Ever felt guilty for grieving more over a dog than a relative? This tale is for you.

Recently, my spouse and I went through one of the more excruciating experiences of our lives- the euthanasia of our beloved puppy, Murphy.

I recollect attaining eye contact with Murphy moments before she took her last breath- she flashed me a look that was an endearing blend of disarray and the reassurance that everyone was OK because we were both by her side.

When people who have never had a dog insure their dog-owning friends mourn the loss of a pet, they probably think it’s all a bit of an overreaction; after all, it’s “just a dog.”

However, those who have loved a puppy know the truth: Your own pet is never “just a dog.”

Many times, I’ve had friends guiltily confide to me that they mourned more over the loss of a dog than over the loss of friends or relatives.

Research has confirmed that for most people, the loss of a dog is in almost every style comparable to the loss of a human loved one.

Unfortunately, there’s little in our culture playbook — no sorrow rituals , no obituary in the local newspaper , no religious service- to help us get through the loss of a pet, which can build us feel more than a bit embarrassed to depict too much public heartbreak over our dead dogs.

Perhaps if people realise just how strong and intense the bond is between people and their puppies, such heartache would become more widely accepted. This would greatly help dog owners to integrate the demise into their lives and help them move forward.

What is it about dogs, exactly, that make humans bond so closely with them?

For starters, dogs have had to adapt to living with humans over the past 10,000 years. And they’ve done it very well: They’re the only animal to have evolved specifically to be our companions and friends .

Anthropologist Brian Hare has developed the “Domestication Hypothesis” to explain how dogs morphed from their grey wolf ancestors into the socially skilled animals that we now interact with in very much the same style as we interact with other people.

Perhaps one reason our relationships with dogs can be even more satisfying than our human relationships is that dogs provide us with such unconditional, uncritical positive feedback .( As the old saying goes, “May I become the kind of person that my dog believes I already am.”)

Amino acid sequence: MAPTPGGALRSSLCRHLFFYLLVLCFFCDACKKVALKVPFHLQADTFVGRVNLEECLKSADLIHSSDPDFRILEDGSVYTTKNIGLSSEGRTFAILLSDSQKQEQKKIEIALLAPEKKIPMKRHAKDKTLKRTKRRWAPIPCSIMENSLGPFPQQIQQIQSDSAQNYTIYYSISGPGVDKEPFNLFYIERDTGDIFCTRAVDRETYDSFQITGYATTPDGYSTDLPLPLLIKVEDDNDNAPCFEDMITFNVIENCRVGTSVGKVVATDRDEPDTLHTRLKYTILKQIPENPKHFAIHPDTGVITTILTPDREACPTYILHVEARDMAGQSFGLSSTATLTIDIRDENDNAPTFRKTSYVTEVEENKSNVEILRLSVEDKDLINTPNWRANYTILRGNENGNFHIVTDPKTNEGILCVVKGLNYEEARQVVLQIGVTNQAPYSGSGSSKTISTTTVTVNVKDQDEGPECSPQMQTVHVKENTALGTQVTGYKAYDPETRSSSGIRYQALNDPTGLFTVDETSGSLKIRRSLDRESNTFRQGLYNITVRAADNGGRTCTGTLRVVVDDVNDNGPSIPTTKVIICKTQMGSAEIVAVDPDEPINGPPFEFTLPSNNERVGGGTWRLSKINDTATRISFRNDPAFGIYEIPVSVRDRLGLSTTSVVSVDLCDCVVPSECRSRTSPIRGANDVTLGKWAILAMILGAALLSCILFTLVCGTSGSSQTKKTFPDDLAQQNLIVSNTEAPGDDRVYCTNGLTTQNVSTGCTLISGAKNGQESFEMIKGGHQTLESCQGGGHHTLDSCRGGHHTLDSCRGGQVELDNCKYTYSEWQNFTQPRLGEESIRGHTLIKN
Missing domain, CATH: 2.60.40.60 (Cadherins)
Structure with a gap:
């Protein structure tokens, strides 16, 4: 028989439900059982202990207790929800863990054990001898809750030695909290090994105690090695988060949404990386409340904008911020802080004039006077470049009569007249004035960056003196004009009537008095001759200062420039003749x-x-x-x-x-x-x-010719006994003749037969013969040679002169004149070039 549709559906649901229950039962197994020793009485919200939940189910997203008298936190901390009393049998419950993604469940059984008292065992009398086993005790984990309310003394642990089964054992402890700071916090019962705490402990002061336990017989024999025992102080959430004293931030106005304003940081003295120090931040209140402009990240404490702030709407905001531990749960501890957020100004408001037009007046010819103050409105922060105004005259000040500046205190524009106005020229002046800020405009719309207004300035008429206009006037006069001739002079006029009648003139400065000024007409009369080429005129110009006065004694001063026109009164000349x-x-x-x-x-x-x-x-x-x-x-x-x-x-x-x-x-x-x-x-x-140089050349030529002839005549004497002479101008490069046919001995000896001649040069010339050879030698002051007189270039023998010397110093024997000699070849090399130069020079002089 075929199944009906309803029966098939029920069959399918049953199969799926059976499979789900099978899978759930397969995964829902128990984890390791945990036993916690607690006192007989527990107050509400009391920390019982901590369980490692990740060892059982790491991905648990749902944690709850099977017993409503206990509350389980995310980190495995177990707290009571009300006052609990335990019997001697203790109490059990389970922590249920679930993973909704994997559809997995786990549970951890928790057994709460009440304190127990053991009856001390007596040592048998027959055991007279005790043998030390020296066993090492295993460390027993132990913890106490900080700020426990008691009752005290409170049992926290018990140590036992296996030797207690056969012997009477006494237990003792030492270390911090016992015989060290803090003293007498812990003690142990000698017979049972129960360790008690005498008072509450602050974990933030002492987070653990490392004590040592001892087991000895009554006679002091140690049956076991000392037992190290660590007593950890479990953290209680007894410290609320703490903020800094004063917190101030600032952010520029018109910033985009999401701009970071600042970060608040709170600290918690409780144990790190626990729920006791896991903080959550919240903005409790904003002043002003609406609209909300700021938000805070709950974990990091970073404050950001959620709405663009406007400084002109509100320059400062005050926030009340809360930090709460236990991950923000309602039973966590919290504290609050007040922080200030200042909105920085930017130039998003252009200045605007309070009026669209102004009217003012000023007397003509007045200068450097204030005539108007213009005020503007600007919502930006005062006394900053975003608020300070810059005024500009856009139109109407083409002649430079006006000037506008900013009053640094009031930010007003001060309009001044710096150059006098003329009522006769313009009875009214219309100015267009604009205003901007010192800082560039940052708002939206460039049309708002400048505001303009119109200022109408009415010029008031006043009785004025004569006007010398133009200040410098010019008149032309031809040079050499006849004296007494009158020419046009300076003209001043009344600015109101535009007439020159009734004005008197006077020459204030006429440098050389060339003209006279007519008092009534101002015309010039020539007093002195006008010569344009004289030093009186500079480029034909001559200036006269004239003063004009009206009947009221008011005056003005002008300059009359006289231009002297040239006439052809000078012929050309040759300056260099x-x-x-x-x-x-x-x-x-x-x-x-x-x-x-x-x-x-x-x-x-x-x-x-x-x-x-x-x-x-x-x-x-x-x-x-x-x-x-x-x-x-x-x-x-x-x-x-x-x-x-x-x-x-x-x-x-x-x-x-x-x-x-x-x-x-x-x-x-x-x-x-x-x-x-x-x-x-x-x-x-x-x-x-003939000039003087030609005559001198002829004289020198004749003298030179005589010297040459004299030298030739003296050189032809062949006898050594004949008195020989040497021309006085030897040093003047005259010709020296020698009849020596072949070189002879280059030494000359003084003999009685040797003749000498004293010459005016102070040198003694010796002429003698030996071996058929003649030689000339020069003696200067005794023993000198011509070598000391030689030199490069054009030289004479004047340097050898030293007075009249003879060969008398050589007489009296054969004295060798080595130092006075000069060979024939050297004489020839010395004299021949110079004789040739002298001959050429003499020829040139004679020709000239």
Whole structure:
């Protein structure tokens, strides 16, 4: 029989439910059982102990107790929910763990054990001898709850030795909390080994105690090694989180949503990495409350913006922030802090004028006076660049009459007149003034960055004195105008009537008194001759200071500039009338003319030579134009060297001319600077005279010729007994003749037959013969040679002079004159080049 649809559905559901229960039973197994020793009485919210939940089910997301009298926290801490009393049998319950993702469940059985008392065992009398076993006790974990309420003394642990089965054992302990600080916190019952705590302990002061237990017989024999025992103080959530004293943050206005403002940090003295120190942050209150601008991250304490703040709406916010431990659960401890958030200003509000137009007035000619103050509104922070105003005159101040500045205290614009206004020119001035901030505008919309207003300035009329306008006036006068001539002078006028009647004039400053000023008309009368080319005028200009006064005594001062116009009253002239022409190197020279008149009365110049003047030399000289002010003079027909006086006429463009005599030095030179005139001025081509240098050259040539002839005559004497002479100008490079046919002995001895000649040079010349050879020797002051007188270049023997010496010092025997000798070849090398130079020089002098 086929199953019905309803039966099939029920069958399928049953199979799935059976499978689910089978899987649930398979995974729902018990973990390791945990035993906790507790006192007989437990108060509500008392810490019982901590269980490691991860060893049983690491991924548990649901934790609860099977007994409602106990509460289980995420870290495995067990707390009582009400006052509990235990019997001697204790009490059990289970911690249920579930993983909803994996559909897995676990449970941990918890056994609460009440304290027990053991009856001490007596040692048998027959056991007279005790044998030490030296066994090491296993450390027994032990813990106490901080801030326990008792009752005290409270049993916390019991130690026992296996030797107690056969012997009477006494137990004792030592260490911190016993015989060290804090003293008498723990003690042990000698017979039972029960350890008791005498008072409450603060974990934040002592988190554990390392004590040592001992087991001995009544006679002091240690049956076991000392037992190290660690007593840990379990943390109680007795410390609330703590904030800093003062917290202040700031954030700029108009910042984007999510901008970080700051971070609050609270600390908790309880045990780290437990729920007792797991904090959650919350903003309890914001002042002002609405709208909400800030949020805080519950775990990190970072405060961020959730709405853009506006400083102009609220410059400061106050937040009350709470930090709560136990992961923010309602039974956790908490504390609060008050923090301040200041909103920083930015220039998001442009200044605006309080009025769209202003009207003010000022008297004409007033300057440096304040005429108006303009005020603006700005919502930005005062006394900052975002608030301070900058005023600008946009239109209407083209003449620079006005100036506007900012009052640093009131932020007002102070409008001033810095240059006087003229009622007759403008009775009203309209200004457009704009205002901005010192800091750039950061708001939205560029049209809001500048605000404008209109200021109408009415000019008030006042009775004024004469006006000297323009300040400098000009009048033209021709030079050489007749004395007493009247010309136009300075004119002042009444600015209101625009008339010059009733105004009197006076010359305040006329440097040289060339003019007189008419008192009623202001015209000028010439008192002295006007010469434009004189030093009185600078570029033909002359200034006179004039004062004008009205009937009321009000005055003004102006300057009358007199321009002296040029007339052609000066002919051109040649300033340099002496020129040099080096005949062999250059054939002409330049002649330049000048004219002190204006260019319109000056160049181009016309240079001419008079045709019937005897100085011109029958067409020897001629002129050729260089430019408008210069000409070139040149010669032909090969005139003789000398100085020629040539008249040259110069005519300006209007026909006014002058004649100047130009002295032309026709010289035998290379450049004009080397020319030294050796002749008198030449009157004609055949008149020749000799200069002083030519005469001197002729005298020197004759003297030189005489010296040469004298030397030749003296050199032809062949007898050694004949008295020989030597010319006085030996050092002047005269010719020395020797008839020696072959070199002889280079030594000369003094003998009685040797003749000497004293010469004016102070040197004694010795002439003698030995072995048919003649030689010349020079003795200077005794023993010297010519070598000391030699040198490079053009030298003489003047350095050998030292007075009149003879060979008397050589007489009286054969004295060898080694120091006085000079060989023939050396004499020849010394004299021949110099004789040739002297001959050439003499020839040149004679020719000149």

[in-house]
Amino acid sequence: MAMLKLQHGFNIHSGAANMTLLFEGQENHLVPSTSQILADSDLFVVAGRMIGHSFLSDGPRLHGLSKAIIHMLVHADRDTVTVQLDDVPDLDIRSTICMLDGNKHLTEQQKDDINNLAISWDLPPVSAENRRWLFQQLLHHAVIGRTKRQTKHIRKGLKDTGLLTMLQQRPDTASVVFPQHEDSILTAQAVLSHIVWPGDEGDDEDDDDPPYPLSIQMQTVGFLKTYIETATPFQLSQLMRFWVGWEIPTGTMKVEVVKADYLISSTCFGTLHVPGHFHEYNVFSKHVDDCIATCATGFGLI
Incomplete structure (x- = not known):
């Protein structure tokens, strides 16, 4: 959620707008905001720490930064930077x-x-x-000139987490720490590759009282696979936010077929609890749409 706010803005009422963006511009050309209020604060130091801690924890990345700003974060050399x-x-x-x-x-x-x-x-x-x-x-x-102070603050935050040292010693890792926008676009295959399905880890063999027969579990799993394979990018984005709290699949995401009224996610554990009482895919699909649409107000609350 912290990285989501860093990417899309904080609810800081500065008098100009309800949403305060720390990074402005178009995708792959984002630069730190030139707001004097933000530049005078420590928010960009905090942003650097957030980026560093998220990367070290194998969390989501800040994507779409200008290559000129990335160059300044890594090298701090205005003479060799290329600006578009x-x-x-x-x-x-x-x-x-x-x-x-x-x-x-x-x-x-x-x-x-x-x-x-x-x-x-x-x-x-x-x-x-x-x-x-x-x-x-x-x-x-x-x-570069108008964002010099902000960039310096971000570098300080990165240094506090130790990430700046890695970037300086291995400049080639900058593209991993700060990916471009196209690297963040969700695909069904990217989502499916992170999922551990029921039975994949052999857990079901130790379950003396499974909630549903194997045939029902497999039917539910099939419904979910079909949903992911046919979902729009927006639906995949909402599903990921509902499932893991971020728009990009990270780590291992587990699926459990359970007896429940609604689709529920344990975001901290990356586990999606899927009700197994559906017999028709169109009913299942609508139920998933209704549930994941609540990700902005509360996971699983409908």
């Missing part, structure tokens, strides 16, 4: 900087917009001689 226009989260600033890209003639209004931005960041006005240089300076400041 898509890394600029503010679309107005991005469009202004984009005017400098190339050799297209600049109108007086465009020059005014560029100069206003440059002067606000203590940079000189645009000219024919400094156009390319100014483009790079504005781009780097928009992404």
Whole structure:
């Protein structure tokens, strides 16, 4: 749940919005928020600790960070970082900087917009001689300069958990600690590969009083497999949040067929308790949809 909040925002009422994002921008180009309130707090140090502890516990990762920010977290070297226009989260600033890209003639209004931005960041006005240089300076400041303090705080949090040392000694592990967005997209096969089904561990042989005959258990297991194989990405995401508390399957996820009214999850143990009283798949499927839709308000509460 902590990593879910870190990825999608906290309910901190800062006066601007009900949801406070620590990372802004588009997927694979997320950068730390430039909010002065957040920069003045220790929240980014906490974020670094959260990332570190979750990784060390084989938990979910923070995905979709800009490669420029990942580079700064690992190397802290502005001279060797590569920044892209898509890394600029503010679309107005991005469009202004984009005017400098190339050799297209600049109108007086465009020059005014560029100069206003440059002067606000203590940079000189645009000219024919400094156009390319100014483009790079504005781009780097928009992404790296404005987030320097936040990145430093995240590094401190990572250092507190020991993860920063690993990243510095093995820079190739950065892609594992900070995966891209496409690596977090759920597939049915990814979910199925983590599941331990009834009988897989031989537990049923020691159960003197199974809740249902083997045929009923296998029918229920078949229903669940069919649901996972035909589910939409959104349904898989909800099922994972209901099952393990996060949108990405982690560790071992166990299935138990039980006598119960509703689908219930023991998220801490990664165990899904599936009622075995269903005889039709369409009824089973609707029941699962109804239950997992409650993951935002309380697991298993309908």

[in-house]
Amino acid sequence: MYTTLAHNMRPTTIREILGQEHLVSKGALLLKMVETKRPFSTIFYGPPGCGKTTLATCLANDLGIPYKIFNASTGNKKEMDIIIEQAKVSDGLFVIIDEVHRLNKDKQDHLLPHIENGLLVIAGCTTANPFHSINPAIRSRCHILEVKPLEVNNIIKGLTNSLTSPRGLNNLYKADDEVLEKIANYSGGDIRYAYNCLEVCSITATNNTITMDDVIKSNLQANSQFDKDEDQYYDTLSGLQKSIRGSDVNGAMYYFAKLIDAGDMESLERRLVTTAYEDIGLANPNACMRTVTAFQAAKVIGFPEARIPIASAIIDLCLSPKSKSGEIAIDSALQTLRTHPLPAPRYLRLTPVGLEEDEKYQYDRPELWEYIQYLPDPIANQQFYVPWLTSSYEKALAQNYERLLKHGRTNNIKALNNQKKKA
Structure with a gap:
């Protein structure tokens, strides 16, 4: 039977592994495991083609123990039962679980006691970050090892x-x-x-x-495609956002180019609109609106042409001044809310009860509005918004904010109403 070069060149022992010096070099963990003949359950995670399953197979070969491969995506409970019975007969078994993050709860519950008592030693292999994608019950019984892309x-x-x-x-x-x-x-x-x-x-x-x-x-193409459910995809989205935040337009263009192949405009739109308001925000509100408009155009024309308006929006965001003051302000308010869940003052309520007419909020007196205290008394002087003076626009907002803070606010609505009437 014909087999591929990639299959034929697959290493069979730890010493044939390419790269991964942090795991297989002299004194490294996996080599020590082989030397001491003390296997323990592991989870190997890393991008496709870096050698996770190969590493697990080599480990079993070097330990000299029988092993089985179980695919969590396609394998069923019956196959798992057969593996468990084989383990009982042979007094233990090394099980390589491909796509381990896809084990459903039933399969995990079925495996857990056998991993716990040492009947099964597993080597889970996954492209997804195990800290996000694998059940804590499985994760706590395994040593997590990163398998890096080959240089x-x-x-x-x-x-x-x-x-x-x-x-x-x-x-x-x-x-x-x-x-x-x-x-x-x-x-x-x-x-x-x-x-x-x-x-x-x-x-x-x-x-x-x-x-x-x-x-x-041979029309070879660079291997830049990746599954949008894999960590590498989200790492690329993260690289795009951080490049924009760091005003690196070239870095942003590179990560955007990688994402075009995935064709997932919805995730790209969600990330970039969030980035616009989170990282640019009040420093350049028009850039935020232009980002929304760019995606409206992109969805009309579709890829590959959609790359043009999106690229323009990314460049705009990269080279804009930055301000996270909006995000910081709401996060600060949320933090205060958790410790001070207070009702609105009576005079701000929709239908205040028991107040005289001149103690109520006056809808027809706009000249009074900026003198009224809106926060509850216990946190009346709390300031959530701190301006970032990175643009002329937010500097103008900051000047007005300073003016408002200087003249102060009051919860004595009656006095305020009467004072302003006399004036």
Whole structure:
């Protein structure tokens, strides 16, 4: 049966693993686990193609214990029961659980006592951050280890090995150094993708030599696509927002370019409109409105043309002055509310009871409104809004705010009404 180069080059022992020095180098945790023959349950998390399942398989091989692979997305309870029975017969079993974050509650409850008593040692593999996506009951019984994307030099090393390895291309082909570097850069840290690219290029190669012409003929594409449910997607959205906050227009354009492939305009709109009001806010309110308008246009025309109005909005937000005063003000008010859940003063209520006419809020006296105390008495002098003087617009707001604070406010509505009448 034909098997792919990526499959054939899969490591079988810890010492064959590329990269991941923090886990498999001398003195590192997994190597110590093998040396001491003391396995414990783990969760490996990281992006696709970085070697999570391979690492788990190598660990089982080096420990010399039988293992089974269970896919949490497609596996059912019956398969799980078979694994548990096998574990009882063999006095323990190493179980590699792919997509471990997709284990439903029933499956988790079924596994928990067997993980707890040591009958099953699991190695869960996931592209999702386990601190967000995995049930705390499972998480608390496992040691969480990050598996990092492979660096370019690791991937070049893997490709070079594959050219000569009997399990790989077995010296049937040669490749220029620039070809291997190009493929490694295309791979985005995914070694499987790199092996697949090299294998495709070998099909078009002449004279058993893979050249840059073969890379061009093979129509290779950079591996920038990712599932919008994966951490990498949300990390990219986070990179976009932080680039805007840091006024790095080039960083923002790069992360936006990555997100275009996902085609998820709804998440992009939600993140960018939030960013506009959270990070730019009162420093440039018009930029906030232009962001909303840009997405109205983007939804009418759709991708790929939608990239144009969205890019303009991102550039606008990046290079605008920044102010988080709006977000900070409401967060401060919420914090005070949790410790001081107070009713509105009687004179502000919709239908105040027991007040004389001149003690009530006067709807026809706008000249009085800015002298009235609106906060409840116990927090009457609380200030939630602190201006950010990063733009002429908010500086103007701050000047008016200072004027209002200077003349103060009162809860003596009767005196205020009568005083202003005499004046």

This is no accident. They have been selectively bred through generations to pay attention to people, and MRI scans present that puppy brains respond to praise from their owners just as strongly as they do to food( and for some puppies, kudo is an even more effective incentive than food ). Dogs recognize people and can learn to construe human emotional state from facial expression alone. Scientific studies also indicate that dogs can understand human intentions, try to help their owners, and even avoid people who don’t collaborating with their owners or treat them well.

Not astonishingly, humen respond positively to such unrequited affection, assistance, and loyalty.

Just looking at dogs can attain people smile. Dog proprietors score higheron measures of well-being, and the objective is happier, on average, than people who own cats or no pets at all.

Our strong attachment to dogs was subtly indicates that there is a recent study of “misnaming.” Misnaming happens when you call someone by the wrong name, like when parents erroneously calls one of their kids by a sibling’s name. It turns out that the name of the family dog also get confused with human family members , indicating that the dog’s name is being pulled from the same cognitive pool that contains other members of the family.( Curiously, the same thing rarely happens with cat names .)

It’s no wonder puppy proprietors miss them so much when they’re gone.

Psychologist Julie Axelrod has pointed out that the loss of a puppy is so painful because owneds aren’t merely losing the pet . It could mean the loss of a source of unconditional love, a primary companion who provides security and comfort, and maybe even a protege that’s been mentored like a child.

The loss of a dog can also seriously disrupt an owner’s daily routine more profoundly than the loss of most friends and relatives. For owners, their daily schedules — even their vacation plans — can revolve around the needs of their pets. Changes in lifestyle and routine are some of the primary sources of stress.

According to a recent survey, many bereaved pet proprietors will even mistakenly construe equivocal sights and sounds as the movements, pants, and whimpers of the deceased pet. This is most likely to happen shortly after the death of the pet, especially among owneds who had very high levels of attachment to their pets.

While the death of a puppy is horrible, puppy owneds have become so accustomed to the reassuring and nonjudgmental presence of their canine companions that, more often than not, they’ll eventually get a new one.

So yes, I miss my dog.

But I’m sure that I’ll be putting myself through this ordeal again in the years to come.

This narrative originally appeared on The Conversation and is published here with permission .

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